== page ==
Introducing MarTech ReviewTM: Empowering You for the Digital Marketing Revolution

Over the last 20-something years, the Internet and smartphones have transformed the art of marketing… several times over.


Sources: Internet Live Stats and ChurchMag

With the tremendous growth of Internet, smartphone, online video and social media usage, and the digitization of nearly all customer and prospect touchpoints, have come corresponding innovations in marketing, such as:

  • Online display ads (1994)
  • WebEx/ reliable Webinars (1999)
  • Salesforce/ SaaS Customer Relationship Management (1999)
  • Google AdWords (2000)
  • Facebook Ads (2008)

The early adopters of these and other effective new marketing and sales technologies realized significant competitive advantages. For example, Larry Bartholomew, Lively Lobster’s owner and ad manager, was Google AdWords’ first paying customer. He quickly understood that AdWords could drive more business to his restaurant and help him make money from other sites’ affiliate programs. He grew his affiliate optimization empire to a 16-person business that placed more than $12 million in ads on Google over the next decade. Similarly, early WebEx customers enjoyed sizable gains in productivity and travel savings, as they were able to market and sell to prospects without travel or tradeshows.

The pace of innovation around new marketing technologies is exploding. ChiefMarTech strives to track all the vendors in the marketing technology space. In 2011, there were about 100 vendors listed. In 2015, this exploded to 1876 vendors. And during that time, entirely new marketing technology categories were introduced, including:

  • Performance & Attribution
  • Dashboards/ Visualization
  • Data Management Platforms/ Customer Data Platforms


Growth in MarTech Vendors, 2011-2015
Sources: ChiefMarTec and Radius

And this explosive growth has yet to include newer categories, such as account-based marketing, predictive analytics, and programmatic TV.

While newer marketing technologies frequently offer great promise and Return on Investment (ROI), not every technology offers a great ROI. And even more frequently, most newer technologies present technical implementation challenges before a customer can realize the ROI. For example, one company I know tried to introduce an Account-based Marketing (ABM) system recently, but it was disappointed with the results. The company found that many of the prospects it targets work remotely from the road or a home office (without a VPN). Due to limitations with the Account-based Marketing’s IP-based technology approach, the company was not able to target enough of its prospects to continue its investment in ABM.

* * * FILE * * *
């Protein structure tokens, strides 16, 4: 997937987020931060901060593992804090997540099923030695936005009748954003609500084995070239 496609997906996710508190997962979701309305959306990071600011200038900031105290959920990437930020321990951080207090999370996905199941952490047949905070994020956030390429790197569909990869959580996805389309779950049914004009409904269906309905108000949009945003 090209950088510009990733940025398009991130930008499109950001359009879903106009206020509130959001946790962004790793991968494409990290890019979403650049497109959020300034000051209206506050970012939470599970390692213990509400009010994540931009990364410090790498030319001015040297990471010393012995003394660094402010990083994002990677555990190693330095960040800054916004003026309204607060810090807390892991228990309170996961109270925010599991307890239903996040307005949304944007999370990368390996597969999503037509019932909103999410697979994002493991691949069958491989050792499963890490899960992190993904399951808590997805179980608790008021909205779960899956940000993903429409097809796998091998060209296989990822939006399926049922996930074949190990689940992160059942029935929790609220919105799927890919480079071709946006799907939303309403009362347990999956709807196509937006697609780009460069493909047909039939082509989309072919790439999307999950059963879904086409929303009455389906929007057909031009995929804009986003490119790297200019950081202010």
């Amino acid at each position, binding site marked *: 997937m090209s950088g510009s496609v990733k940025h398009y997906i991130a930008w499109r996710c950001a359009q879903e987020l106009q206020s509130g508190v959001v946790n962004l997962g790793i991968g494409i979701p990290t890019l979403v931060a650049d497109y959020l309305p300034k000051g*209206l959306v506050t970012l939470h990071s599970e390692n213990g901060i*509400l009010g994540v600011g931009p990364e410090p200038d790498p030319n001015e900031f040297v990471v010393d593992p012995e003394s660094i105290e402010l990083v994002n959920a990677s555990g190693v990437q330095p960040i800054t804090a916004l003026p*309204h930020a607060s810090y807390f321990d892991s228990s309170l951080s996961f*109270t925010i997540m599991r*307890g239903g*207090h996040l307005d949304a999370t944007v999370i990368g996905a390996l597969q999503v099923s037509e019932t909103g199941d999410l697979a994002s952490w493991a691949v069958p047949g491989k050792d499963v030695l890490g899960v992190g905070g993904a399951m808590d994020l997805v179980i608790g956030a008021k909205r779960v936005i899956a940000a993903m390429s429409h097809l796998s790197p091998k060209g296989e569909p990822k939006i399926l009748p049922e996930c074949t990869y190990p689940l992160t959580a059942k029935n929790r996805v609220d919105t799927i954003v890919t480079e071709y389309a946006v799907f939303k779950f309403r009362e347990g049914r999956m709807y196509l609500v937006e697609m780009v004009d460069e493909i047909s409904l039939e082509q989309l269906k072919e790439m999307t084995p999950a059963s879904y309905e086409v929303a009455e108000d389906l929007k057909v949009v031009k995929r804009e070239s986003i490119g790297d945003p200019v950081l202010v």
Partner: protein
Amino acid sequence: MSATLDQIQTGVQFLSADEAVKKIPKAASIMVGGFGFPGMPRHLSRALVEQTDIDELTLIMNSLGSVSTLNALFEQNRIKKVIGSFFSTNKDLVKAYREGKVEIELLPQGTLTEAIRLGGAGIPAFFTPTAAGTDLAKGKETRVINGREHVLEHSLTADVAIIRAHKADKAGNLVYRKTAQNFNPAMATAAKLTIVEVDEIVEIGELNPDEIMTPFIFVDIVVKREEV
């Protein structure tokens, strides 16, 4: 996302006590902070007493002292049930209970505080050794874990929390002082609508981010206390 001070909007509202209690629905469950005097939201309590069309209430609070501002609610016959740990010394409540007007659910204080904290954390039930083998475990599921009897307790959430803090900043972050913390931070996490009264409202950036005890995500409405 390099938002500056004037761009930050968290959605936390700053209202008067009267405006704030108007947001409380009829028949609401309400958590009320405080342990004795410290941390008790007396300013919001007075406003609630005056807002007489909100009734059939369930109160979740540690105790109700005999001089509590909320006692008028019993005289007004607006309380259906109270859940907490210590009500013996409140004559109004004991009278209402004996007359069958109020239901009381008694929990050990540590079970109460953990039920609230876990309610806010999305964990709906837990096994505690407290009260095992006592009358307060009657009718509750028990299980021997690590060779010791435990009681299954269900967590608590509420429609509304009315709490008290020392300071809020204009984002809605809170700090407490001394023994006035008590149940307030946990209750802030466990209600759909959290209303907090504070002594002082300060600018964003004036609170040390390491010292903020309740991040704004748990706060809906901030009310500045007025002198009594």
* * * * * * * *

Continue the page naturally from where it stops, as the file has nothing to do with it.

Another technology company I know has a product that is embedded in customers’ Websites. The product, like similar competing products, is visible in a Website’s JavaScript tags when it is running on a site. The company planned to run a campaign to target prospects that were running competitive products on their Websites, by utilizing a JavaScript tag-identifying tool. The company was able to identify prospects who had installed competitive products, but they then found that they could not email these companies in a standard manner, like Marketo. They risked having their email server identified as a source of spam if they continued targeting prospects with competitive products through standard email automation approaches.

There is an explosion in marketing technology, and it is not stopping anytime soon. The marketing software market is expected to grow to more than $32.3 billion in 2018, according to IDC, which is up 42% from 2015. Much of this technology can improve your top-line revenue, your operations, your lead nurturing, and so on. MarTech Review, through our reviews and analyses, is here to help you identify the best and most promising MarTech technologies, and support you through the implementation. Join the subscriber list to continue receiving our updates on this dynamic industry. And contact us if you want MarTech Review to cover any specific technologies.